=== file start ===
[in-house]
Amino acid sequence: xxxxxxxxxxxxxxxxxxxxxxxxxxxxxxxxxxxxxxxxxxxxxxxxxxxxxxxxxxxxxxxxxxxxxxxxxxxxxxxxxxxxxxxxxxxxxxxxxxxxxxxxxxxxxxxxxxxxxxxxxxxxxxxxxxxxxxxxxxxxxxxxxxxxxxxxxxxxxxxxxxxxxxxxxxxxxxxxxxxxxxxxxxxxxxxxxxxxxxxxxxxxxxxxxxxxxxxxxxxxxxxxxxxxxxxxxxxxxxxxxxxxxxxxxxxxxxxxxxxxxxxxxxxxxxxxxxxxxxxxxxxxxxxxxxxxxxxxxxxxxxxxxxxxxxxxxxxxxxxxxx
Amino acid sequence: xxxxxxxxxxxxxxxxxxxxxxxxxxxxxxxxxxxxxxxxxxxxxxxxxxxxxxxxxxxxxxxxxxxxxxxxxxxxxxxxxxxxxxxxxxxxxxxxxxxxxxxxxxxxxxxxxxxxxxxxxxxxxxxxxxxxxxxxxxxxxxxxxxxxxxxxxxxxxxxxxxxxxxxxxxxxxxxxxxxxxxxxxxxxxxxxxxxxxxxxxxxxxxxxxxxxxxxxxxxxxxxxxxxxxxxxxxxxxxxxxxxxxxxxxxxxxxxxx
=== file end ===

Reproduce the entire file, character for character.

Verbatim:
[in-house]
Amino acid sequence: xxxxxxxxxxxxxxxxxxxxxxxxxxxxxxxxxxxxxxxxxxxxxxxxxxxxxxxxxxxxxxxxxxxxxxxxxxxxxxxxxxxxxxxxxxxxxxxxxxxxxxxxxxxxxxxxxxxxxxxxxxxxxxxxxxxxxxxxxxxxxxxxxxxxxxxxxxxxxxxxxxxxxxxxxxxxxxxxxxxxxxxxxxxxxxxxxxxxxxxxxxxxxxxxxxxxxxxxxxxxxxxxxxxxxxxxxxxxxxxxxxxxxxxxxxxxxxxxxxxxxxxxxxxxxxxxxxxxxxxxxxxxxxxxxxxxxxxxxxxxxxxxxxxxxxxxxxxxxxxxxx
Amino acid sequence: xxxxxxxxxxxxxxxxxxxxxxxxxxxxxxxxxxxxxxxxxxxxxxxxxxxxxxxxxxxxxxxxxxxxxxxxxxxxxxxxxxxxxxxxxxxxxxxxxxxxxxxxxxxxxxxxxxxxxxxxxxxxxxxxxxxxxxxxxxxxxxxxxxxxxxxxxxxxxxxxxxxxxxxxxxxxxxxxxxxxxxxxxxxxxxxxxxxxxxxxxxxxxxxxxxxxxxxxxxxxxxxxxxxxxxxxxxxxxxxxxxxxxxxxxxxxxxxxx